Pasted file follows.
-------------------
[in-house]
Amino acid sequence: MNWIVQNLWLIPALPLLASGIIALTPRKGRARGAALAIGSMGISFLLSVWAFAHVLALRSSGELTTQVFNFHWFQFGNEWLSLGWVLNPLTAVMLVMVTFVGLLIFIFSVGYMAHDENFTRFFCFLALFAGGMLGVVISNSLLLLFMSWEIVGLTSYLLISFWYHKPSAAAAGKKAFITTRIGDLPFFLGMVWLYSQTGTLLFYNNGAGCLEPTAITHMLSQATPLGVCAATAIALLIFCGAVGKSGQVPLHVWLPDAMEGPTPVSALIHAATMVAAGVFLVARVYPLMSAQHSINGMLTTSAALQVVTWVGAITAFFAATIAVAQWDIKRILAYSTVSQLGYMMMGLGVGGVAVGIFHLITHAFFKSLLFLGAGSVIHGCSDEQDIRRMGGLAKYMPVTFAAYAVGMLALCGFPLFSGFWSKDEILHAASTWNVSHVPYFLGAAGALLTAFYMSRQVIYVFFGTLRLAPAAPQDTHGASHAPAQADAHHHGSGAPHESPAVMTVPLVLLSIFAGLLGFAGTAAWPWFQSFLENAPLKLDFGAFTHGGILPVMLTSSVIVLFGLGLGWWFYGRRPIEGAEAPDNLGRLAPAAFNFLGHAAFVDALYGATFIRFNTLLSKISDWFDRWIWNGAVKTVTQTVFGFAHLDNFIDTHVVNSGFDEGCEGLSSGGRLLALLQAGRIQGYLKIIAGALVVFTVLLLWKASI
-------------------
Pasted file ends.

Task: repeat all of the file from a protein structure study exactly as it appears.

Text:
[in-house]
Amino acid sequence: MNWIVQNLWLIPALPLLASGIIALTPRKGRARGAALAIGSMGISFLLSVWAFAHVLALRSSGELTTQVFNFHWFQFGNEWLSLGWVLNPLTAVMLVMVTFVGLLIFIFSVGYMAHDENFTRFFCFLALFAGGMLGVVISNSLLLLFMSWEIVGLTSYLLISFWYHKPSAAAAGKKAFITTRIGDLPFFLGMVWLYSQTGTLLFYNNGAGCLEPTAITHMLSQATPLGVCAATAIALLIFCGAVGKSGQVPLHVWLPDAMEGPTPVSALIHAATMVAAGVFLVARVYPLMSAQHSINGMLTTSAALQVVTWVGAITAFFAATIAVAQWDIKRILAYSTVSQLGYMMMGLGVGGVAVGIFHLITHAFFKSLLFLGAGSVIHGCSDEQDIRRMGGLAKYMPVTFAAYAVGMLALCGFPLFSGFWSKDEILHAASTWNVSHVPYFLGAAGALLTAFYMSRQVIYVFFGTLRLAPAAPQDTHGASHAPAQADAHHHGSGAPHESPAVMTVPLVLLSIFAGLLGFAGTAAWPWFQSFLENAPLKLDFGAFTHGGILPVMLTSSVIVLFGLGLGWWFYGRRPIEGAEAPDNLGRLAPAAFNFLGHAAFVDALYGATFIRFNTLLSKISDWFDRWIWNGAVKTVTQTVFGFAHLDNFIDTHVVNSGFDEGCEGLSSGGRLLALLQAGRIQGYLKIIAGALVVFTVLLLWKASI